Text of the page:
City Council delays riparian setback discussion, schedules COVID-19 meeting
With a recent spike in COVID-19 infection rates, Glenwood Springs City Council decided Thursday to host a special meeting next week for discussions addressing face coverings and additional protection options.
During the council’s regular meeting, a Rifle resident, who identified herself only as Dessa, told the council she was concerned about the current progress of the pandemic and asked them to consider a plan for reducing rising infection rates.
Mayor Jonathan Godes echoed the resident’s concerns, adding he would like the council to discuss face-covering enforcement options at a meeting Wednesday.
Godes explained some nearby communities have added teeth to their face covering ordinances, giving businesses the ability to tell customers they will suffer consequences if customers do not comply.
“I think that’s a potential avenue we would want to talk about,” he said.
Mayor Pro Tem Shelley Kaup said she would be interested in reviewing several communities’ protection policies to see what would best fit Glenwood.
“I would also like to have a forward thinking conversation about what we can do to help schools,” Kaup added.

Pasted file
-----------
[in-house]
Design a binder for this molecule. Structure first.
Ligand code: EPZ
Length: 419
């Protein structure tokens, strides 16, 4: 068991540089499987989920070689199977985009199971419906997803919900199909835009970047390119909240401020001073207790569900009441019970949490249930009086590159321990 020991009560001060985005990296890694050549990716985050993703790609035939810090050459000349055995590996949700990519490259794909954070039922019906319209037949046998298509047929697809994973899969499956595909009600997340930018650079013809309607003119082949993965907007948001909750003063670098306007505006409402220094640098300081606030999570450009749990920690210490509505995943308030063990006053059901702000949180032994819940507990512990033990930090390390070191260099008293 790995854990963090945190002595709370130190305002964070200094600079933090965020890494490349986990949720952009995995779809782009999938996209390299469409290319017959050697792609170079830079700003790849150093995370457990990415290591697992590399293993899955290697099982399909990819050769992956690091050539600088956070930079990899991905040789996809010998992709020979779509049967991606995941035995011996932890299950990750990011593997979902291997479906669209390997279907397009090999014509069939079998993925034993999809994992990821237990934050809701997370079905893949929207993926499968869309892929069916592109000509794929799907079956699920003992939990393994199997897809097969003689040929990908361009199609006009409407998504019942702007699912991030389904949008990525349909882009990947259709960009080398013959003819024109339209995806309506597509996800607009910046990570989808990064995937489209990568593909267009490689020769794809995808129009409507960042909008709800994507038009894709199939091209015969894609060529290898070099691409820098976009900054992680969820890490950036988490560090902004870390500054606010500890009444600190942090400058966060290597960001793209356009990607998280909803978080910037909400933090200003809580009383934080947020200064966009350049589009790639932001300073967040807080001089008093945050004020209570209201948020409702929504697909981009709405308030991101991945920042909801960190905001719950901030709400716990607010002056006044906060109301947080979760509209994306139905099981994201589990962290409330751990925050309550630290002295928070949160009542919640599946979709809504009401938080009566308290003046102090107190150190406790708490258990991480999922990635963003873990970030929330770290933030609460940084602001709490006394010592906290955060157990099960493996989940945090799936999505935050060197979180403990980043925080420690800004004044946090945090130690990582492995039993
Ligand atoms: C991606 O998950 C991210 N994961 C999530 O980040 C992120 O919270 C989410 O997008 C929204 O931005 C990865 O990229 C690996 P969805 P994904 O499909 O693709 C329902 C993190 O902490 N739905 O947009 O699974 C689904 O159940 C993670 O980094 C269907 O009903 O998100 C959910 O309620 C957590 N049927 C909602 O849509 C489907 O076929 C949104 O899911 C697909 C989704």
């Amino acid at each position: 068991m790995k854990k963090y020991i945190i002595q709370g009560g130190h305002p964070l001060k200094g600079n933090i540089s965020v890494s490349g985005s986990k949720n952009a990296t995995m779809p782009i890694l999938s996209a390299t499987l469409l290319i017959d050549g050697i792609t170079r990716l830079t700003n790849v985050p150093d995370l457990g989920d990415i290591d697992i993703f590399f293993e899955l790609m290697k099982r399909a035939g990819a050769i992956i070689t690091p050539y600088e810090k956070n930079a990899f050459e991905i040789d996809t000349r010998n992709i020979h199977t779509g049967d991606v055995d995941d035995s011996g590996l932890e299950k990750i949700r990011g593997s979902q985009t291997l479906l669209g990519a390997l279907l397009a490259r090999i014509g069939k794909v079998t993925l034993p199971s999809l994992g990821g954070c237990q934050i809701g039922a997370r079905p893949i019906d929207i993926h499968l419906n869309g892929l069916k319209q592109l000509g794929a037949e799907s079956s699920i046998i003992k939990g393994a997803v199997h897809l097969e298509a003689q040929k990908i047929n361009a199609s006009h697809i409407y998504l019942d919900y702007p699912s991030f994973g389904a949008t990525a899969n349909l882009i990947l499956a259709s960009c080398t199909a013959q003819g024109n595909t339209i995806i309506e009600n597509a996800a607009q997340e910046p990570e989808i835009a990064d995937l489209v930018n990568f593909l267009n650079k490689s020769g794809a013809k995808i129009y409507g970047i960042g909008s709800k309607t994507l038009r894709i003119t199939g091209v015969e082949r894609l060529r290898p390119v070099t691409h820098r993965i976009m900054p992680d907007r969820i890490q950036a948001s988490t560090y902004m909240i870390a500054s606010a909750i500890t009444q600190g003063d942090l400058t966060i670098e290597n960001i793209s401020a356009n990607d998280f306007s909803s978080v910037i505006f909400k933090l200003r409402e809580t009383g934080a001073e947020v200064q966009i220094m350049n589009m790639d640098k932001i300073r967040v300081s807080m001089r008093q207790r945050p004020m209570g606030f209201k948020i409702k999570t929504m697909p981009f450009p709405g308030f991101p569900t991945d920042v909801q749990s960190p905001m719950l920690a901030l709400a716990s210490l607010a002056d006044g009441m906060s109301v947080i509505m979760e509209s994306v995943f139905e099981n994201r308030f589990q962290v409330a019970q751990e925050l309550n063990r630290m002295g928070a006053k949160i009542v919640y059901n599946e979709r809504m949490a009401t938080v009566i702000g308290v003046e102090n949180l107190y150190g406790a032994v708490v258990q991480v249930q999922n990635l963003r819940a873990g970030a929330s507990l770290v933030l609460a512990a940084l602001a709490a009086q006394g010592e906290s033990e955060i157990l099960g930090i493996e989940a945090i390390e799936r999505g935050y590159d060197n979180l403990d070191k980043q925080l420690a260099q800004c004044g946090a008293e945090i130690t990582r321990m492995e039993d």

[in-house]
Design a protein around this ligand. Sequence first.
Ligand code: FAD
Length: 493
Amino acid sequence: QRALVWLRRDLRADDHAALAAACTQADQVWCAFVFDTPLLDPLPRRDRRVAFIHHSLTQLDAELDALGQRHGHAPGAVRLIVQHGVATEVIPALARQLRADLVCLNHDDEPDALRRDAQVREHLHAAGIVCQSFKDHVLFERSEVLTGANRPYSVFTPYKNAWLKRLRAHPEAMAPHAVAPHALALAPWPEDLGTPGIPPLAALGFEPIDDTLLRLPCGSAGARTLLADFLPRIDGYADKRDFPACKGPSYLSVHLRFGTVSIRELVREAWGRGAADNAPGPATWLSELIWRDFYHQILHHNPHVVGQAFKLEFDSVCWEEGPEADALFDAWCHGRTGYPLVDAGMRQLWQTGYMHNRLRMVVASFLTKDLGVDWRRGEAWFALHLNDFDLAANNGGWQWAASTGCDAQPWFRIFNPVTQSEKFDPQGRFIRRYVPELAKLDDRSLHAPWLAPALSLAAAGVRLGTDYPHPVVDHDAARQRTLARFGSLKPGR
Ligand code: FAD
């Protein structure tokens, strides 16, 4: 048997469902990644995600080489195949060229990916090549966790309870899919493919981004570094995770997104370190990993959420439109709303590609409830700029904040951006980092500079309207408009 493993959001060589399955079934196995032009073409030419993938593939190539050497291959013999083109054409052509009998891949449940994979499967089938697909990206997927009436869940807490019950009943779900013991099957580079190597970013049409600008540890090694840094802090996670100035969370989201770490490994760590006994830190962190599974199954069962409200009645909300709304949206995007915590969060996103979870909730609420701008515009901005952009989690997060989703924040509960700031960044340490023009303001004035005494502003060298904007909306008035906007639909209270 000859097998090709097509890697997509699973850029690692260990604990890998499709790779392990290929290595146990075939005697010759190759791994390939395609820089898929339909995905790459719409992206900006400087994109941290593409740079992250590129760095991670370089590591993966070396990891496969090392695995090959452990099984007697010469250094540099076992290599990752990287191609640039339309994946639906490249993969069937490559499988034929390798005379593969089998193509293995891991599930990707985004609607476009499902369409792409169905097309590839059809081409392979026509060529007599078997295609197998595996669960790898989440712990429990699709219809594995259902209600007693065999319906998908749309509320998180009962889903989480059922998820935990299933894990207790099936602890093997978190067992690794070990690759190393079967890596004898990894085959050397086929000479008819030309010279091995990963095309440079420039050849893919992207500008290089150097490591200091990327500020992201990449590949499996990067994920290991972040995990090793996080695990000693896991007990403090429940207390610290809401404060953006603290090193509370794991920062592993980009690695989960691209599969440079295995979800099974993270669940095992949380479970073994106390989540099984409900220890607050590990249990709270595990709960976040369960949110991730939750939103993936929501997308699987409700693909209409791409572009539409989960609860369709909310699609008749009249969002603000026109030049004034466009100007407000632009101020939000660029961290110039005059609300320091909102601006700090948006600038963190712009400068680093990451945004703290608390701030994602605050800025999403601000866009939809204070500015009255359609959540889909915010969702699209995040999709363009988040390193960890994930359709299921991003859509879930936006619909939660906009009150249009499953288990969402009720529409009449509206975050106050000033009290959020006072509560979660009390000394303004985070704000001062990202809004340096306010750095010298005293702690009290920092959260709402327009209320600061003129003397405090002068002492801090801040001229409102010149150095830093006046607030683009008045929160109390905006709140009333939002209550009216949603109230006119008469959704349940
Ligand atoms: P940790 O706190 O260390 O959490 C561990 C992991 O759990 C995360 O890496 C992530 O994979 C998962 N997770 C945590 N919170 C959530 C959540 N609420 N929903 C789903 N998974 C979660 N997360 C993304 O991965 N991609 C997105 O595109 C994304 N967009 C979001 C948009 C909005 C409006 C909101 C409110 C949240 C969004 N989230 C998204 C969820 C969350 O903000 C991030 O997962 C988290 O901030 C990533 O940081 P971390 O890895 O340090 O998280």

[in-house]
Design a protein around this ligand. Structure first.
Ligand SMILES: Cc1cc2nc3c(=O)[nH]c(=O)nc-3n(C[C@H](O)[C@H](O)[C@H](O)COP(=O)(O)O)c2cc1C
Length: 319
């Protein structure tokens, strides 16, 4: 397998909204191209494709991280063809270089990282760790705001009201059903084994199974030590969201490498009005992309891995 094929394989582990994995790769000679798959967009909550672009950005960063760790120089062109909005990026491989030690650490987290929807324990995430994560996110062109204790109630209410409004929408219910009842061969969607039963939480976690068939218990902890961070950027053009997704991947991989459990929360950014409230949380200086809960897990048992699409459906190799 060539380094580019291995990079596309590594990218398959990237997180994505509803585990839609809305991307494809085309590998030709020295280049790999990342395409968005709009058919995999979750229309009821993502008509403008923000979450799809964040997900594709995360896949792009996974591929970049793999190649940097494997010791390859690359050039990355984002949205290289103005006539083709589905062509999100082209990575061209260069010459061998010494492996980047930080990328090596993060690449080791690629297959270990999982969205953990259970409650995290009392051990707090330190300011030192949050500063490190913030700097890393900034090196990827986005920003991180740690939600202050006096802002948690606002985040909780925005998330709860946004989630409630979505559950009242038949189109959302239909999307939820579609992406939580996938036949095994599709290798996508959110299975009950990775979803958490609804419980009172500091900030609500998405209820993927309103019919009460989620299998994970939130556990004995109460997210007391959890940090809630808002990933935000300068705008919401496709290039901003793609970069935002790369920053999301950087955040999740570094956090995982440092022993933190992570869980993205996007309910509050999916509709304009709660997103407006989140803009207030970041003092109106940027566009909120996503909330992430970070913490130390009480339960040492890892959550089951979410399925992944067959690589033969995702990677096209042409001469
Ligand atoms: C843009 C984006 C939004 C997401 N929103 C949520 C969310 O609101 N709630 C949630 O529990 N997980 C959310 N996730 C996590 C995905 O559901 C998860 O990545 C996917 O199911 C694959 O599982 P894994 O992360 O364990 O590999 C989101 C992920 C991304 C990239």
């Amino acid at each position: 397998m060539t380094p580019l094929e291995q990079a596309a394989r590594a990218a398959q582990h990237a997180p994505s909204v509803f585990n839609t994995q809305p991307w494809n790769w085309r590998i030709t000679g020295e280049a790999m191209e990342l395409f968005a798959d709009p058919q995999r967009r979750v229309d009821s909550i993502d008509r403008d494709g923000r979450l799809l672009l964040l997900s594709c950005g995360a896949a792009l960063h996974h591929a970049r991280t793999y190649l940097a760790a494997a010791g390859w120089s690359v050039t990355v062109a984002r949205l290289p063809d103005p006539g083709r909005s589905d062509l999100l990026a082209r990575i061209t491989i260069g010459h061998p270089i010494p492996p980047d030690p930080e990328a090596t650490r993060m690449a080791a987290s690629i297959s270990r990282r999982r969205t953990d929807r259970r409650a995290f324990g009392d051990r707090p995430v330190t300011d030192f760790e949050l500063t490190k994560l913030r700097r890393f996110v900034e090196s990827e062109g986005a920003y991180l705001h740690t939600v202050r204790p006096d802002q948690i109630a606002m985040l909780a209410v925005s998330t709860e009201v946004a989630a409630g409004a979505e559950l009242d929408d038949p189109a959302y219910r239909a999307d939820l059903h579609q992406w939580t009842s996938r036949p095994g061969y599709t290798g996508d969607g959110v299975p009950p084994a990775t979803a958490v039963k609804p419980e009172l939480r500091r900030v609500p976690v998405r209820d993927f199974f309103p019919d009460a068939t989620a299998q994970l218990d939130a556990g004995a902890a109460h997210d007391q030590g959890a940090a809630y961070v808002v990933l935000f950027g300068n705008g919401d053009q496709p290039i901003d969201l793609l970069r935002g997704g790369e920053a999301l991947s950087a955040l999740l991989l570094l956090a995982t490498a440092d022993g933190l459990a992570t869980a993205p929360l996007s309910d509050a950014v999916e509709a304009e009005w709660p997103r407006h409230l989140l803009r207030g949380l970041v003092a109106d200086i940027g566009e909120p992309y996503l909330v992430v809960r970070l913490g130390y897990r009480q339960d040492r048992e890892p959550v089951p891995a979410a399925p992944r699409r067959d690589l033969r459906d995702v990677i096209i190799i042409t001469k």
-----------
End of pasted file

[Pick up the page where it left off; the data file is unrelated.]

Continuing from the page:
On the topic of face coverings, Councilor Rick Voorhees said he wasn’t interested in “figuring out how to bring the hammer down” on non-compliant residents or businesses, but rather the best enforcement options for the city’s current mask ordinance.
Councilor Tony Hershey said the council’s time could be better spent.
“I really want to be talking more about saving the people money and fixing our streets,” Hershey said. “COVID-19 is an important issue, but there are other things we have to do, too.”
Due to a longer-than-expected pre-agenda conversation and in-depth presentation on the Bell Rippy development, the council voted to postpone the riparian setback conversation until the Aug. 6 regular session.
The riparian setback amendment to municipal code is intended to prevent the loss or removal of riparian vegetation and improve water quality by eliminating the application of hazardous chemicals in the proposed 35 foot setback zone.
“I apologize to all the people who called in and attended tonight for this topic,” Godes said. “We will make sure it’s the first item on the agenda at the next meeting.”
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